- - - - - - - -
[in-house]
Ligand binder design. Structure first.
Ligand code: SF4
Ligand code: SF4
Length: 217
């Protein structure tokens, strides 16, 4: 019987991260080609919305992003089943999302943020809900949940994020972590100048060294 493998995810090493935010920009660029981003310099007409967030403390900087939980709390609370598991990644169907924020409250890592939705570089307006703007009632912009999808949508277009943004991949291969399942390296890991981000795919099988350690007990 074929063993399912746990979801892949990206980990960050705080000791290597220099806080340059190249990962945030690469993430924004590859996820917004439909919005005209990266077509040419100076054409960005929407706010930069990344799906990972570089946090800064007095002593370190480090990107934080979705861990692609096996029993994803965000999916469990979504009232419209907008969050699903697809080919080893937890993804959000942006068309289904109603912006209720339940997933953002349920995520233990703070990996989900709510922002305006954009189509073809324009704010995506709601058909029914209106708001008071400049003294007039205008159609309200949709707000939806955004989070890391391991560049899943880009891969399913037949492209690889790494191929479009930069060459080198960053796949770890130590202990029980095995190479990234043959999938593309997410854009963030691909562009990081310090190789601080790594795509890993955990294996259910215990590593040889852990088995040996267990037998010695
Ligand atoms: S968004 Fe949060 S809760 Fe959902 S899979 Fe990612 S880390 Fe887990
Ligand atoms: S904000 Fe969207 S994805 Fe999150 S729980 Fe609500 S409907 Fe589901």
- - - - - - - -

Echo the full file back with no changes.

[in-house]
Ligand binder design. Structure first.
Ligand code: SF4
Ligand code: SF4
Length: 217
């Protein structure tokens, strides 16, 4: 019987991260080609919305992003089943999302943020809900949940994020972590100048060294 493998995810090493935010920009660029981003310099007409967030403390900087939980709390609370598991990644169907924020409250890592939705570089307006703007009632912009999808949508277009943004991949291969399942390296890991981000795919099988350690007990 074929063993399912746990979801892949990206980990960050705080000791290597220099806080340059190249990962945030690469993430924004590859996820917004439909919005005209990266077509040419100076054409960005929407706010930069990344799906990972570089946090800064007095002593370190480090990107934080979705861990692609096996029993994803965000999916469990979504009232419209907008969050699903697809080919080893937890993804959000942006068309289904109603912006209720339940997933953002349920995520233990703070990996989900709510922002305006954009189509073809324009704010995506709601058909029914209106708001008071400049003294007039205008159609309200949709707000939806955004989070890391391991560049899943880009891969399913037949492209690889790494191929479009930069060459080198960053796949770890130590202990029980095995190479990234043959999938593309997410854009963030691909562009990081310090190789601080790594795509890993955990294996259910215990590593040889852990088995040996267990037998010695
Ligand atoms: S968004 Fe949060 S809760 Fe959902 S899979 Fe990612 S880390 Fe887990
Ligand atoms: S904000 Fe969207 S994805 Fe999150 S729980 Fe609500 S409907 Fe589901």